I’ve always loved winter the most. It might be because I’m a December baby, or because I love snow, ice and winter wildlife – there’s just something special about the dark half of the year. After a summer slump, my motivation begins to grind again in autumn and by winter I’m raring to go.
Today is the winter solstice, which marks the longest night of the year. From now on the days will start to lengthen. I know a lot of people struggle with these short, darker days, but with the winter solstice come exciting prospects for the new year and a clean slate to begin again. For me this is a time of possibility. There may be darkness now but the light is slowly returning.
I’m interested in the pre-Christian traditions surrounding the winter solstice, or Yule. Many of these old traditions are still familiar to us today, in particular those associated with wild plants.
One of several protective evergreens, holly has been a significant part of Yule tradition for thousands of years. The Druids regarded it as the sacred king of winter – while other plants withered during the cold months, holly continued to flourish. As a result, the prickly plant became a symbol of renewal and rejuvenation, maintaining high spirits through winter. Many ancient Europeans brought holly into the home as protection – its spikes were said to repel unwanted spirits and bring good luck.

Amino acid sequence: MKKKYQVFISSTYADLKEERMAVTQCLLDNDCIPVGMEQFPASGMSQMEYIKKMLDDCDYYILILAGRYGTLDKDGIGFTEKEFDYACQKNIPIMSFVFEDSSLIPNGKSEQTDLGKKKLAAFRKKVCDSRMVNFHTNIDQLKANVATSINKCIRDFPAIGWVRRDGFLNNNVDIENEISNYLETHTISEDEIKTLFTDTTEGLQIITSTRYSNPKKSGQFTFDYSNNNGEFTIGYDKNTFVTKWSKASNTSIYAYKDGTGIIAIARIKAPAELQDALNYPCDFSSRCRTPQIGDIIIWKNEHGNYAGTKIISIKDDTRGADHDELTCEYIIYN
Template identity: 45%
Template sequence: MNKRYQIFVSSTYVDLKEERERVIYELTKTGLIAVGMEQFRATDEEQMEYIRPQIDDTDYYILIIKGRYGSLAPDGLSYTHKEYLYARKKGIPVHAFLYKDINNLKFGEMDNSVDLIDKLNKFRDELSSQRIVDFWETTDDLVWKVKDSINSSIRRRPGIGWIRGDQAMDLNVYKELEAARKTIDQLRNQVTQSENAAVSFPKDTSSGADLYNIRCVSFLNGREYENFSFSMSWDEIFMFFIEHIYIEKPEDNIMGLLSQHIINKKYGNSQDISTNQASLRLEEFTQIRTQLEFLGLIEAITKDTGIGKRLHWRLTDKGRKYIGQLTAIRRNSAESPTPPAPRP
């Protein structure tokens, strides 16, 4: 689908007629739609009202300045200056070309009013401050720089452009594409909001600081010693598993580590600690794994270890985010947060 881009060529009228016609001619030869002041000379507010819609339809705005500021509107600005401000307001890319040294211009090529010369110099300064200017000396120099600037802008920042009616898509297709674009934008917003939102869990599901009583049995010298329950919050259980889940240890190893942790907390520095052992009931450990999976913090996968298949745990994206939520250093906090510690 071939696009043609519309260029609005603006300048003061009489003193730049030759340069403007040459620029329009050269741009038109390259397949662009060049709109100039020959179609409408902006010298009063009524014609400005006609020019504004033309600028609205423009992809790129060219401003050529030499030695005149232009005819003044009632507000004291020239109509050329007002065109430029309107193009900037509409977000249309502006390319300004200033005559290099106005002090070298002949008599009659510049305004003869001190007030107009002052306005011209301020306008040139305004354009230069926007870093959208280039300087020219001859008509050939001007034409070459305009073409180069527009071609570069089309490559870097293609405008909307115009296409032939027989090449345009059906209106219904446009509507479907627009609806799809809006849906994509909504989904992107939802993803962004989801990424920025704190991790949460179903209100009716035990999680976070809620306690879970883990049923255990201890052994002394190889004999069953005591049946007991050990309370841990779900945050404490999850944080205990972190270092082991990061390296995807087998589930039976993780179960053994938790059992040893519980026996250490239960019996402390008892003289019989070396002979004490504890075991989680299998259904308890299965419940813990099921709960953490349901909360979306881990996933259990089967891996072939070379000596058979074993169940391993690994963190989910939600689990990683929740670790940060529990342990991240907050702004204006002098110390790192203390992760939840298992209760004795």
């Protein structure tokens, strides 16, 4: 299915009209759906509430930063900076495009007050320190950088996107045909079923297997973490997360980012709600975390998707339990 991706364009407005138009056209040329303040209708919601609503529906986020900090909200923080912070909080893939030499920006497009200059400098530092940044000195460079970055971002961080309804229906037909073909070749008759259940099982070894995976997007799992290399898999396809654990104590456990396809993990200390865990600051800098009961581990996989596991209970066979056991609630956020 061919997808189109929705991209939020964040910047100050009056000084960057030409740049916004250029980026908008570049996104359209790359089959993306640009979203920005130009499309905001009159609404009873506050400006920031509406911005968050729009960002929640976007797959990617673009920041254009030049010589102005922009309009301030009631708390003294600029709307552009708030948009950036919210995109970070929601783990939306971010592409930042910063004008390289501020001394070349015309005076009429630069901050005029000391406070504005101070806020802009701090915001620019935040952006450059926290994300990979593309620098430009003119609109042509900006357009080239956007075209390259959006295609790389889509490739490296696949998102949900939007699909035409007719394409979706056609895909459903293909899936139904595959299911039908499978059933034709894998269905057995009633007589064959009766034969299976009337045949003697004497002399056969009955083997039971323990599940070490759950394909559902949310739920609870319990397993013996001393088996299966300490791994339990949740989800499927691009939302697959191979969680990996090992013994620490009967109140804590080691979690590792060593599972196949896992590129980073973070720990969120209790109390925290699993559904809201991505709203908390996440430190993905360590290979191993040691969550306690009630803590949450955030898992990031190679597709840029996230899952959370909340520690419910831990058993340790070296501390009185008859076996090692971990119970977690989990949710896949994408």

The Druids considered ivy to be the queen to holly’s king. Also an evergreen that endures challenging environments and keeps its colour all year, ivy is symbolic of endurance and promise. Thought to possess magical qualities, it was hung in the home to bring luck in the spring. Ivy is especially significant because it grows in a spiral, reflecting the Wheel of the Year.
This plant is typically hung from the ceiling and its magical properties come from the belief that it exists between two worlds: sky and earth. It is cut carefully to ensure that it doesn’t touch the ground. Mistletoe has long been regarded as a symbol of freedom. Ancient Europeans believed it was a sign of peace, and any time warring Celtics found it in the forests, they would honour the plant and drop their weapons. Today, mistletoe is less of a white flag of surrender, but we still honour it with compassion by sharing a kiss!
Evergreens such as fir and spruce were seen as signs of eternal prosperity. They were symbols of optimism and freshness even in unforgiving environments. By bringing their branches – and more recently, the whole trees – inside during Yule, it was believed that evergreens could enliven and invigorate the home in preparation for the coming year.